USPS is planning to End Of Life the Grumman LLV but it looks like it's going to be a few more years.
The new vehicle supplier announcement is promised for this year. In the meantime, make sure to keep all oil leaks in check and be alert for fuel issues. The old GM 2.5 is a bit of a dog but if you keep it sealed up, switch to steel timing gears (I'm betting few have fiber gears any more) and switch to DIS it will be a good engine until the new vehicle appears. Personally I believe the GM 3100 would be a much, much better choice but unless you plan to stuff those in on weekends when no one's looking it's just a pipe dream.
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post #7 of 28 Old 01-24-2020, 10:07 PM Thread Starter
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Originally Posted by 1project2many View Post
Congratulations on moving to fleet work. I hope you enjoy it. In the long term I have found it to be the most rewarding part of my automotive career. Having the ability to make or influence decisions about parts choices, service intervals, and recommended repairs is satisfying. Being able to spot a problem in one vehicle and design then apply a fix to others in the fleet confirms that what I do makes a difference. And with the vehicles I work on, with the type of fleet we operate, it is most definitely not boring work.

I do miss having access to OEM training materials and parts information. And I always appreciated that I worked for dealers of car companies that believed their techs were intelligent enough to handle service manuals with real technical information rather than just sets of instructions to complete a repair. And I was lucky enough to do most of my work in "honest" dealerships that believed customers shouldn't be sold unnecessary work and that dishonest techs should get canned. I didn't stick around a bad shop.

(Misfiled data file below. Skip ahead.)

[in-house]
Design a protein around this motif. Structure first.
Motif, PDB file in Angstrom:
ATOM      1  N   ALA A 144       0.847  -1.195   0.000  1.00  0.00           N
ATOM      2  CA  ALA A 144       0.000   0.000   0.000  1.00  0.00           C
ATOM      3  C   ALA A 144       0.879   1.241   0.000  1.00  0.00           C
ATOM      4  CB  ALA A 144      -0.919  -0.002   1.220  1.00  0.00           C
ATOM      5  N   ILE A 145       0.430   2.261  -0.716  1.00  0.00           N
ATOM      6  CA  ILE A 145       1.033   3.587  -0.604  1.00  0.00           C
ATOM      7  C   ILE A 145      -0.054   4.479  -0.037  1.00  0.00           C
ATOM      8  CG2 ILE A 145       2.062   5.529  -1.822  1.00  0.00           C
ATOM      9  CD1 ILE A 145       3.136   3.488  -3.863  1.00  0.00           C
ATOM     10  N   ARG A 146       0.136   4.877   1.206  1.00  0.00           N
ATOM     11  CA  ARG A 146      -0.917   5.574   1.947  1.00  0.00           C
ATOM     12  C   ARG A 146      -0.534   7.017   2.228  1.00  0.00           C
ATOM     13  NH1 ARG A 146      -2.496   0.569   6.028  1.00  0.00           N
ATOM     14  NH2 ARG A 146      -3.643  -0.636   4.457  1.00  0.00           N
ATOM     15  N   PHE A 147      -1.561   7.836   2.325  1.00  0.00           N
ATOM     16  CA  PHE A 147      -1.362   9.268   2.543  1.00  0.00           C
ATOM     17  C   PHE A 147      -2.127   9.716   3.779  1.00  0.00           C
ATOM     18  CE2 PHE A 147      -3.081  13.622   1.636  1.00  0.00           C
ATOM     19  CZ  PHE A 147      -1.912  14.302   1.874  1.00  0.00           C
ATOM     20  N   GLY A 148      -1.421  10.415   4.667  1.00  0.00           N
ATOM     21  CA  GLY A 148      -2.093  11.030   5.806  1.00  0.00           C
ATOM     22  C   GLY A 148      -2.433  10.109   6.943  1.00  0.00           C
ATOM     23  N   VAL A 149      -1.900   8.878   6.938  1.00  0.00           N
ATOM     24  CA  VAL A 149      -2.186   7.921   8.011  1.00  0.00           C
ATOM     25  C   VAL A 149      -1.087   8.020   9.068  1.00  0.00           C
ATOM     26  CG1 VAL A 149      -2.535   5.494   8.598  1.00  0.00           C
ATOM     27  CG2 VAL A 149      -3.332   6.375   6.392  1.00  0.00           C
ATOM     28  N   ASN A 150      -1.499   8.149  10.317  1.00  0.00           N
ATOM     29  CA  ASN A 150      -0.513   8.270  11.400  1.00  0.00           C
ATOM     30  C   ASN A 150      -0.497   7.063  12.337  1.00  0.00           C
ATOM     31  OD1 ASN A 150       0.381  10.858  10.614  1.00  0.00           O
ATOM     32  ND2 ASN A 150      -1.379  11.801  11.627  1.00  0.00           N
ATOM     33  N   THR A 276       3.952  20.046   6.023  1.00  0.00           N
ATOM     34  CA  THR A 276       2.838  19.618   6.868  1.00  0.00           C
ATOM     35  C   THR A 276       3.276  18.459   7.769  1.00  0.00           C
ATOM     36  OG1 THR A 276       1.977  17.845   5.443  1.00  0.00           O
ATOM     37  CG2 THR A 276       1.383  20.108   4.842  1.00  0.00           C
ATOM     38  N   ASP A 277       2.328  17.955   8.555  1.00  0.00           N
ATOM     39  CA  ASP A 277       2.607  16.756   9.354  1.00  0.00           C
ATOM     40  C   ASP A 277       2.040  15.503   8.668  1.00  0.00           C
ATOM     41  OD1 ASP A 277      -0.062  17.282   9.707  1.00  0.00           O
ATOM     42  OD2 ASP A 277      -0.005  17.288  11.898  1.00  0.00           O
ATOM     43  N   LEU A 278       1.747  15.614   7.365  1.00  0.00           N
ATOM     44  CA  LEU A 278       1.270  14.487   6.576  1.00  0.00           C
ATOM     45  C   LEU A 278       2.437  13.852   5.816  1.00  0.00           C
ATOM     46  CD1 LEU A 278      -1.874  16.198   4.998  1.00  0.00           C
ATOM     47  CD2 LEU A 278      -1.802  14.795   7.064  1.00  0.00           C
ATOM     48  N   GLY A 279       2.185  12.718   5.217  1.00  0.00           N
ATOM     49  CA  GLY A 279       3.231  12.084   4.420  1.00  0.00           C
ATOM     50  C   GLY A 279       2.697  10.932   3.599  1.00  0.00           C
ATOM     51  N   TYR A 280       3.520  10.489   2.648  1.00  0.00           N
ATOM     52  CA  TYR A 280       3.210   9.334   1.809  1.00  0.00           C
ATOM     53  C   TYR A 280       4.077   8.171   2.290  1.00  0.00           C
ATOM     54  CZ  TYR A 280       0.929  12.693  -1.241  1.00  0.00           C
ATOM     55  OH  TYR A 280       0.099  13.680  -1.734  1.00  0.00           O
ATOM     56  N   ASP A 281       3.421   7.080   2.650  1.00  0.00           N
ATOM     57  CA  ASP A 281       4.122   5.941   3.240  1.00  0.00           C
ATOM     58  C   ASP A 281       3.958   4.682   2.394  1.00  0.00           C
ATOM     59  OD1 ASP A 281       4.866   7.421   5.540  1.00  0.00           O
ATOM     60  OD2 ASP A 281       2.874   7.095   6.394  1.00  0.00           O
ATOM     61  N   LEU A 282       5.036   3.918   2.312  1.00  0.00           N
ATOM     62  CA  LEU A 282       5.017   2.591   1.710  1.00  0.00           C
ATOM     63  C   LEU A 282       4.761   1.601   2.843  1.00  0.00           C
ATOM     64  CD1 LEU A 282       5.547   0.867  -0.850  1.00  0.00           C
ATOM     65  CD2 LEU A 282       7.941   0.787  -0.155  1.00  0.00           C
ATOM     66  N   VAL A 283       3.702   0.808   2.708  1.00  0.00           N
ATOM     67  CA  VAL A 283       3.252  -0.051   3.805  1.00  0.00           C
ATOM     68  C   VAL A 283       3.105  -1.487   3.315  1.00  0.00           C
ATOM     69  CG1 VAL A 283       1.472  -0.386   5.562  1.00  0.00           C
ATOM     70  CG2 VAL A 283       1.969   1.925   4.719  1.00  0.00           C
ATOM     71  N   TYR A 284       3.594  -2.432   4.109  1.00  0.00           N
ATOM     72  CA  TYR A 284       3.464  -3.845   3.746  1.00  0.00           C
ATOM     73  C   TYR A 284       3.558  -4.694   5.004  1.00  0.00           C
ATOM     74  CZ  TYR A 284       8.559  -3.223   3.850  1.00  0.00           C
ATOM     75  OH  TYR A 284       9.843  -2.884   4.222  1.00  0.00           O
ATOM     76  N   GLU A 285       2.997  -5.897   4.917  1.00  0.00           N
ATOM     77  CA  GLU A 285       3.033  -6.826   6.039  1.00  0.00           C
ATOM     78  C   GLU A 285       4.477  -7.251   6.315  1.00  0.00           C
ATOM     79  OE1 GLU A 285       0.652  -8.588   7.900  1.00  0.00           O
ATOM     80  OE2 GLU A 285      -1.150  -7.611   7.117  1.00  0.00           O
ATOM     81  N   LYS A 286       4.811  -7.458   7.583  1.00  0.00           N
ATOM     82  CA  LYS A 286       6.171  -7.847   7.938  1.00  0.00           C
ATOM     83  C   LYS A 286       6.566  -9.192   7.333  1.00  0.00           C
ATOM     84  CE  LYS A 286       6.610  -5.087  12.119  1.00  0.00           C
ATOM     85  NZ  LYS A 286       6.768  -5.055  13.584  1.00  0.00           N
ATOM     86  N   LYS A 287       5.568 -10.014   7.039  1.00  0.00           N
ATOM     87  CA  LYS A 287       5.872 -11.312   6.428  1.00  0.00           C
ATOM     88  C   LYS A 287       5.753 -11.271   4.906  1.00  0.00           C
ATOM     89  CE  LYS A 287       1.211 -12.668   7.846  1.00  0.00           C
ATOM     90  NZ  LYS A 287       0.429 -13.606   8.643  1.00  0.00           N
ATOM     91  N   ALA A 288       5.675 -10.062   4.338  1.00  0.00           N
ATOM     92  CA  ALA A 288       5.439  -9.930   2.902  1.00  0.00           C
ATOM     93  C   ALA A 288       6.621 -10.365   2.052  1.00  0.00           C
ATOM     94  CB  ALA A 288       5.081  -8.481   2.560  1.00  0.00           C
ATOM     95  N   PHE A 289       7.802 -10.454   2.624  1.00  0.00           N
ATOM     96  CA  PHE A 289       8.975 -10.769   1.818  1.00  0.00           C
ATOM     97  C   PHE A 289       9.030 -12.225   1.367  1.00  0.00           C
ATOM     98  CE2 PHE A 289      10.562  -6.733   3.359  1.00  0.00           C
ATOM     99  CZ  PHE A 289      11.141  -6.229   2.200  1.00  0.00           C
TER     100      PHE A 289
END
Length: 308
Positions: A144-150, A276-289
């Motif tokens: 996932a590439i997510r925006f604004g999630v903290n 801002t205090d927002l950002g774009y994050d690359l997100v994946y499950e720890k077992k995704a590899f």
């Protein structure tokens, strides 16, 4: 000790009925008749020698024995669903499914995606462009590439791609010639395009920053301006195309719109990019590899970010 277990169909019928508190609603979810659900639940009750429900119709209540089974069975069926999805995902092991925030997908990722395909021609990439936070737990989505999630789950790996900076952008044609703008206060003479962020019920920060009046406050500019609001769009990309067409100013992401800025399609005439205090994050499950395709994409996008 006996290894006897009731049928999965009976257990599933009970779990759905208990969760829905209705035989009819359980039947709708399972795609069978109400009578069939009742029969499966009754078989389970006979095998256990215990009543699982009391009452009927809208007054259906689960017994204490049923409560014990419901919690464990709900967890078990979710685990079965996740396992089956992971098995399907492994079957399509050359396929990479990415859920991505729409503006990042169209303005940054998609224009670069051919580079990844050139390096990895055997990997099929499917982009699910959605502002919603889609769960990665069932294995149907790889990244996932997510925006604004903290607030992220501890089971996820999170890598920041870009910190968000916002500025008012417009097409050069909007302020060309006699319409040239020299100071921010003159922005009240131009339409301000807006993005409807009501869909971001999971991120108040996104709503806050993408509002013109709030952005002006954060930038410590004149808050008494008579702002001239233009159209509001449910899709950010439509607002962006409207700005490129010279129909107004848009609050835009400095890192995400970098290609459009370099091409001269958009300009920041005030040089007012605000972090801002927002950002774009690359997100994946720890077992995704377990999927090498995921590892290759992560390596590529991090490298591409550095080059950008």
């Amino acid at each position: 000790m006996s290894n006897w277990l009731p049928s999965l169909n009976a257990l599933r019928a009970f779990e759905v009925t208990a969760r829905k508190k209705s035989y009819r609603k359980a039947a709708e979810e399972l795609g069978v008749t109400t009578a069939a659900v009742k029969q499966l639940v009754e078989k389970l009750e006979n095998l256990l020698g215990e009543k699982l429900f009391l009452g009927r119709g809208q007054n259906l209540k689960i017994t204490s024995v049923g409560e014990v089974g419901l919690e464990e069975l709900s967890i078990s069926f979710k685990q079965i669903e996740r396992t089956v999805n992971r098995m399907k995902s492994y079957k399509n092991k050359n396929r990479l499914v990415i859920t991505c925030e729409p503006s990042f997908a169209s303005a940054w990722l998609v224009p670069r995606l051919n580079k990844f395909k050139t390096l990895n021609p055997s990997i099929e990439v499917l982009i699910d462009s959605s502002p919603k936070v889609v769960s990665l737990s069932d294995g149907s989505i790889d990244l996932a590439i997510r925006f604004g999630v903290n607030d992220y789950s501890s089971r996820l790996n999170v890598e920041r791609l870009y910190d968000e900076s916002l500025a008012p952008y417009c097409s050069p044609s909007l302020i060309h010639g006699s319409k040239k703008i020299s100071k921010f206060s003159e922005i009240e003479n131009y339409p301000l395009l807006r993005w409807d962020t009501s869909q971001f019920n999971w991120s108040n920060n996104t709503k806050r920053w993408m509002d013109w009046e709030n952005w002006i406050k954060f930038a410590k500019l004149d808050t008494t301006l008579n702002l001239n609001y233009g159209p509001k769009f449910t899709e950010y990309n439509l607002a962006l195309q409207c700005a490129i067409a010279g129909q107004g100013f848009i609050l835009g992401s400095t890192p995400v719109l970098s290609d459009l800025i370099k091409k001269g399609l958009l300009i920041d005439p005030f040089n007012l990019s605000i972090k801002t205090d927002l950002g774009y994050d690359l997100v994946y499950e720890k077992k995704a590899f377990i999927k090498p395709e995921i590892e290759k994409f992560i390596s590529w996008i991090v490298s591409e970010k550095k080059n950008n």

This is a very tough time to be a mechanic. Low cost repairs are less common and people around here don't have $$ for the big fixes. Quality techs are hard to find so the good guys are getting someone else's comebacks or second or third attempts at repairs which means the customer doesn't want to pay and someone else has sucked the profit out of the vehicle already. With a nationwide shortage of techs, inexperienced youngsters are able to demand higher starting pay while older techs end up frustrated for having to train and help the youngsters. Meanwhile the myth that all mechanics are crooks is not getting any better.

USPS is planning to End Of Life the Grumman LLV but it looks like it's going to be a few more years.
The new vehicle supplier announcement is promised for this year. In the meantime, make sure to keep all oil leaks in check and be alert for fuel issues. The old GM 2.5 is a bit of a dog but if you keep it sealed up, switch to steel timing gears (I'm betting few have fiber gears any more) and switch to DIS it will be a good engine until the new vehicle appears. Personally I believe the GM 3100 would be a much, much better choice but unless you plan to stuff those in on weekends when no one's looking it's just a pipe dream.
OMG! You nailed this close to 100%. So freaking close to my opinion and experience that it scares me to death.

Do I have to leave my wife because you are my true soul mate????

NOPE!!!! She is simply too awesome!!!

Very, very profound post though. You totally won my heart with your knowledge of the LLV, its future, fire hazards, replacements, etc. Dealerships and politics, etc. A very profound and spot on post by you. WOW!

If you cannot fix it with a hammer then it has to be an electrical problem.
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post #8 of 28 Old 01-24-2020, 10:15 PM